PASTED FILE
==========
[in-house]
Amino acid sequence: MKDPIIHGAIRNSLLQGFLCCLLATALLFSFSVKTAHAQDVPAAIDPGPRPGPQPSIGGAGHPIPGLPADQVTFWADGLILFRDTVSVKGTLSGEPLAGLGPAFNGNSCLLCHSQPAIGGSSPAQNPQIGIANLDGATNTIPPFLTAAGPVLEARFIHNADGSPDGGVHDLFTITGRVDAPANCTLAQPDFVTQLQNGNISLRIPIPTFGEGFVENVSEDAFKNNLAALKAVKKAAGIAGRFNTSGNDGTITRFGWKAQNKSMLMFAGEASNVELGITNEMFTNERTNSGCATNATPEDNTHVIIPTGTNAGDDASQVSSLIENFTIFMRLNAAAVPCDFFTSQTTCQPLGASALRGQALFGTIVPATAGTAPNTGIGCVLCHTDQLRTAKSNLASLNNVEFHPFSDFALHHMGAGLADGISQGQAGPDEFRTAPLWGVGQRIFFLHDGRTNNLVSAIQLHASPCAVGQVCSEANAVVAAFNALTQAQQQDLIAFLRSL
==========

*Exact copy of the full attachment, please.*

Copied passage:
[in-house]
Amino acid sequence: MKDPIIHGAIRNSLLQGFLCCLLATALLFSFSVKTAHAQDVPAAIDPGPRPGPQPSIGGAGHPIPGLPADQVTFWADGLILFRDTVSVKGTLSGEPLAGLGPAFNGNSCLLCHSQPAIGGSSPAQNPQIGIANLDGATNTIPPFLTAAGPVLEARFIHNADGSPDGGVHDLFTITGRVDAPANCTLAQPDFVTQLQNGNISLRIPIPTFGEGFVENVSEDAFKNNLAALKAVKKAAGIAGRFNTSGNDGTITRFGWKAQNKSMLMFAGEASNVELGITNEMFTNERTNSGCATNATPEDNTHVIIPTGTNAGDDASQVSSLIENFTIFMRLNAAAVPCDFFTSQTTCQPLGASALRGQALFGTIVPATAGTAPNTGIGCVLCHTDQLRTAKSNLASLNNVEFHPFSDFALHHMGAGLADGISQGQAGPDEFRTAPLWGVGQRIFFLHDGRTNNLVSAIQLHASPCAVGQVCSEANAVVAAFNALTQAQQQDLIAFLRSL